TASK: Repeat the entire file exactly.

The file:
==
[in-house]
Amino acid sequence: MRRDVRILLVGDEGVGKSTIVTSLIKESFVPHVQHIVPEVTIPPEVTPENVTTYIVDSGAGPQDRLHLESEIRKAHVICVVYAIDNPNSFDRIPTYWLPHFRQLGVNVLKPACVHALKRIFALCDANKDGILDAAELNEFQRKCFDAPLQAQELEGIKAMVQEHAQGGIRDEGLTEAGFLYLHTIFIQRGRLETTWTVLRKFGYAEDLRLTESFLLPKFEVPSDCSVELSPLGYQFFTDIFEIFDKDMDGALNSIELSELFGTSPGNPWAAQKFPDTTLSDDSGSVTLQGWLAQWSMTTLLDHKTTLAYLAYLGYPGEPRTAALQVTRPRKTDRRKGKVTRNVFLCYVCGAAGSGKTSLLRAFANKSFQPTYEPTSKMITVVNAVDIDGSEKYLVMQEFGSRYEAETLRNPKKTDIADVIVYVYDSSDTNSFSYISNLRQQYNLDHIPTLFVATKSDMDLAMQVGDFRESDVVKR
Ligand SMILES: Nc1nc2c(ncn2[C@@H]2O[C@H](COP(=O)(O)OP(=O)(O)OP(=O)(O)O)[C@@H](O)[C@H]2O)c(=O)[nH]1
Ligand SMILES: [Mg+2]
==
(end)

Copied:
[in-house]
Amino acid sequence: MRRDVRILLVGDEGVGKSTIVTSLIKESFVPHVQHIVPEVTIPPEVTPENVTTYIVDSGAGPQDRLHLESEIRKAHVICVVYAIDNPNSFDRIPTYWLPHFRQLGVNVLKPACVHALKRIFALCDANKDGILDAAELNEFQRKCFDAPLQAQELEGIKAMVQEHAQGGIRDEGLTEAGFLYLHTIFIQRGRLETTWTVLRKFGYAEDLRLTESFLLPKFEVPSDCSVELSPLGYQFFTDIFEIFDKDMDGALNSIELSELFGTSPGNPWAAQKFPDTTLSDDSGSVTLQGWLAQWSMTTLLDHKTTLAYLAYLGYPGEPRTAALQVTRPRKTDRRKGKVTRNVFLCYVCGAAGSGKTSLLRAFANKSFQPTYEPTSKMITVVNAVDIDGSEKYLVMQEFGSRYEAETLRNPKKTDIADVIVYVYDSSDTNSFSYISNLRQQYNLDHIPTLFVATKSDMDLAMQVGDFRESDVVKR
Ligand SMILES: Nc1nc2c(ncn2[C@@H]2O[C@H](COP(=O)(O)OP(=O)(O)OP(=O)(O)O)[C@@H](O)[C@H]2O)c(=O)[nH]1
Ligand SMILES: [Mg+2]